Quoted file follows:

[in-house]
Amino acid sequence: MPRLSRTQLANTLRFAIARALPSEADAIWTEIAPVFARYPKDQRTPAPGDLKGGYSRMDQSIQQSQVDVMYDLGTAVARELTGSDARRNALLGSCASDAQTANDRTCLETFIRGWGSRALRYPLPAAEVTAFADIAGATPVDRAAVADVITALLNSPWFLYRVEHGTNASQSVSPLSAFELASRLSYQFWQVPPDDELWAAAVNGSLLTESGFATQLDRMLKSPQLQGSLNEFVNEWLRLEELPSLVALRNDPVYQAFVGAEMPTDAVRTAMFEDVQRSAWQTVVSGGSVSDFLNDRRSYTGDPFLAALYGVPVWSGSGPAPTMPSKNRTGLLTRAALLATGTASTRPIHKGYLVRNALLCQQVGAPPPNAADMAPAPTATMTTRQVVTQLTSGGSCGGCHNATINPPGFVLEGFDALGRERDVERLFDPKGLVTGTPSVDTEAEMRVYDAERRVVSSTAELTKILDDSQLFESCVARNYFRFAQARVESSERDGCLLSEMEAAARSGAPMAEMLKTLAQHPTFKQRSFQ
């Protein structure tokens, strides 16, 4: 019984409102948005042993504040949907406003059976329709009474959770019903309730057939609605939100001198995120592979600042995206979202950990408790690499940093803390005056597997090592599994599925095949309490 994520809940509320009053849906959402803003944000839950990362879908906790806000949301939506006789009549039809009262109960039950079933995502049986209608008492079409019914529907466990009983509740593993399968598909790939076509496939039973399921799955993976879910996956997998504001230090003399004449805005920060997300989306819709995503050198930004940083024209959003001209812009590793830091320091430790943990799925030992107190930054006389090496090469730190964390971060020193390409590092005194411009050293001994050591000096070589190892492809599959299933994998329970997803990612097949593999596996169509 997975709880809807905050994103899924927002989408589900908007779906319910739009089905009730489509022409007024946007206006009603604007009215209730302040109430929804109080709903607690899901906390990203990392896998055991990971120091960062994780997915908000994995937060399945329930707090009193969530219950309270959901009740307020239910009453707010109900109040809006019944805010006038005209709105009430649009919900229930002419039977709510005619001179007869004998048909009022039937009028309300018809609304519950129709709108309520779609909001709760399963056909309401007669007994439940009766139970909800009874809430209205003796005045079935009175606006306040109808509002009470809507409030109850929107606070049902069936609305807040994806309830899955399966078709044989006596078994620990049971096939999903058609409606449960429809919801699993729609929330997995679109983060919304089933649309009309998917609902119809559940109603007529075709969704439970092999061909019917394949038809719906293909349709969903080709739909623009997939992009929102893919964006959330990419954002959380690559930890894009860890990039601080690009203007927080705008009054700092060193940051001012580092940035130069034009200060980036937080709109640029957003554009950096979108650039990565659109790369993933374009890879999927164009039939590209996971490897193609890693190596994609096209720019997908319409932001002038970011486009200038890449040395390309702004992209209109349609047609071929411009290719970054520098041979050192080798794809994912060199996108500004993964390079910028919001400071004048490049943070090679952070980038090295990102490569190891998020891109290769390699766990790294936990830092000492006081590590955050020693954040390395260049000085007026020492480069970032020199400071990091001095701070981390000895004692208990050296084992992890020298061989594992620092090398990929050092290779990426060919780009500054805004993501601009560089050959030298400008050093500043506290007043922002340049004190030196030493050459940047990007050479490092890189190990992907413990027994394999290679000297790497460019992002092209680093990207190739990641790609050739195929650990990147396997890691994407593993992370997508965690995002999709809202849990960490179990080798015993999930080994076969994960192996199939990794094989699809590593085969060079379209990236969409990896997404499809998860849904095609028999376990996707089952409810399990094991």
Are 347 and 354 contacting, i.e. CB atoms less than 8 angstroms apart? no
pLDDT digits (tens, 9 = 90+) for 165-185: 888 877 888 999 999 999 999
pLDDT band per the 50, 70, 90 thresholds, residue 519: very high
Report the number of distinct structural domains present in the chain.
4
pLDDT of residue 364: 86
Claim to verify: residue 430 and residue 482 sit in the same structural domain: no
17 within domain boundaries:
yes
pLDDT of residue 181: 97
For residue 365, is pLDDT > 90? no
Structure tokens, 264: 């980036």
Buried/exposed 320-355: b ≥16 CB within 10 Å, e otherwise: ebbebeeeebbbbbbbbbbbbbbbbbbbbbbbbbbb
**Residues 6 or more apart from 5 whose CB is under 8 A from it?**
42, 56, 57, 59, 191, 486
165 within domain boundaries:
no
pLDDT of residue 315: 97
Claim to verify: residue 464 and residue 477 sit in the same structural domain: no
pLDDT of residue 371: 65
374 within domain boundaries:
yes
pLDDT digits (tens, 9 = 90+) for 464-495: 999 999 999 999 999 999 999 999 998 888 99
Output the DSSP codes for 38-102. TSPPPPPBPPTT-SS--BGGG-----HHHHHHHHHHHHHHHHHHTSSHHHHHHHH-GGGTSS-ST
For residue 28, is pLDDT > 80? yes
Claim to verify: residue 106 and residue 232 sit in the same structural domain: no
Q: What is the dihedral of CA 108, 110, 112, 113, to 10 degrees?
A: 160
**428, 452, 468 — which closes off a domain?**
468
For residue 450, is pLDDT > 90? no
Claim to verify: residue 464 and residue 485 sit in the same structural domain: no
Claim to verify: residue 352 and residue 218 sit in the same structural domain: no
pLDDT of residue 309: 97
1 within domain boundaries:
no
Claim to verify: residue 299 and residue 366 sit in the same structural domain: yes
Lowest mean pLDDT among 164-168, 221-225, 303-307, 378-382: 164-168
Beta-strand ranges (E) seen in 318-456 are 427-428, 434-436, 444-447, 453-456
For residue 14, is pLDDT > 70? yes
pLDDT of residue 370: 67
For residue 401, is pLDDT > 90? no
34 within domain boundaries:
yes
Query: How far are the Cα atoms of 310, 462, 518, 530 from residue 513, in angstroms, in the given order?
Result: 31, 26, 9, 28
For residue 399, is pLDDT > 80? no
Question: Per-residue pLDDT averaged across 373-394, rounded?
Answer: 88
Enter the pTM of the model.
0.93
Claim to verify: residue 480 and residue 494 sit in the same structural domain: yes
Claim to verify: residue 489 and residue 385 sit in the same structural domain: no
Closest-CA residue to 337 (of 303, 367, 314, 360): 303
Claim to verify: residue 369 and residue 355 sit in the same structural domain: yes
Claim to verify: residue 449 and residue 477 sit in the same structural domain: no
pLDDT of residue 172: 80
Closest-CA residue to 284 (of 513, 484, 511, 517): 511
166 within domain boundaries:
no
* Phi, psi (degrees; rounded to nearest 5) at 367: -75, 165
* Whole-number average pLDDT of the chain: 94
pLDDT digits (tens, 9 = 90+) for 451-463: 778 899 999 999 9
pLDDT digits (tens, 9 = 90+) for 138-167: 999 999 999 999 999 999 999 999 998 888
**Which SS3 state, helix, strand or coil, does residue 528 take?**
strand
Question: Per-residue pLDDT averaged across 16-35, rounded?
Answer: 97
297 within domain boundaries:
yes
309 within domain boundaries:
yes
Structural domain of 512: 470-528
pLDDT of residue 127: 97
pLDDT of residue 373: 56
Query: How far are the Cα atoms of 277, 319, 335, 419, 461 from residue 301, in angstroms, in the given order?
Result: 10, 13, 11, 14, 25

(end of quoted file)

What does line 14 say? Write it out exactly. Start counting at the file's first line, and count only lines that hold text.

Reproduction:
For residue 365, is pLDDT > 90? no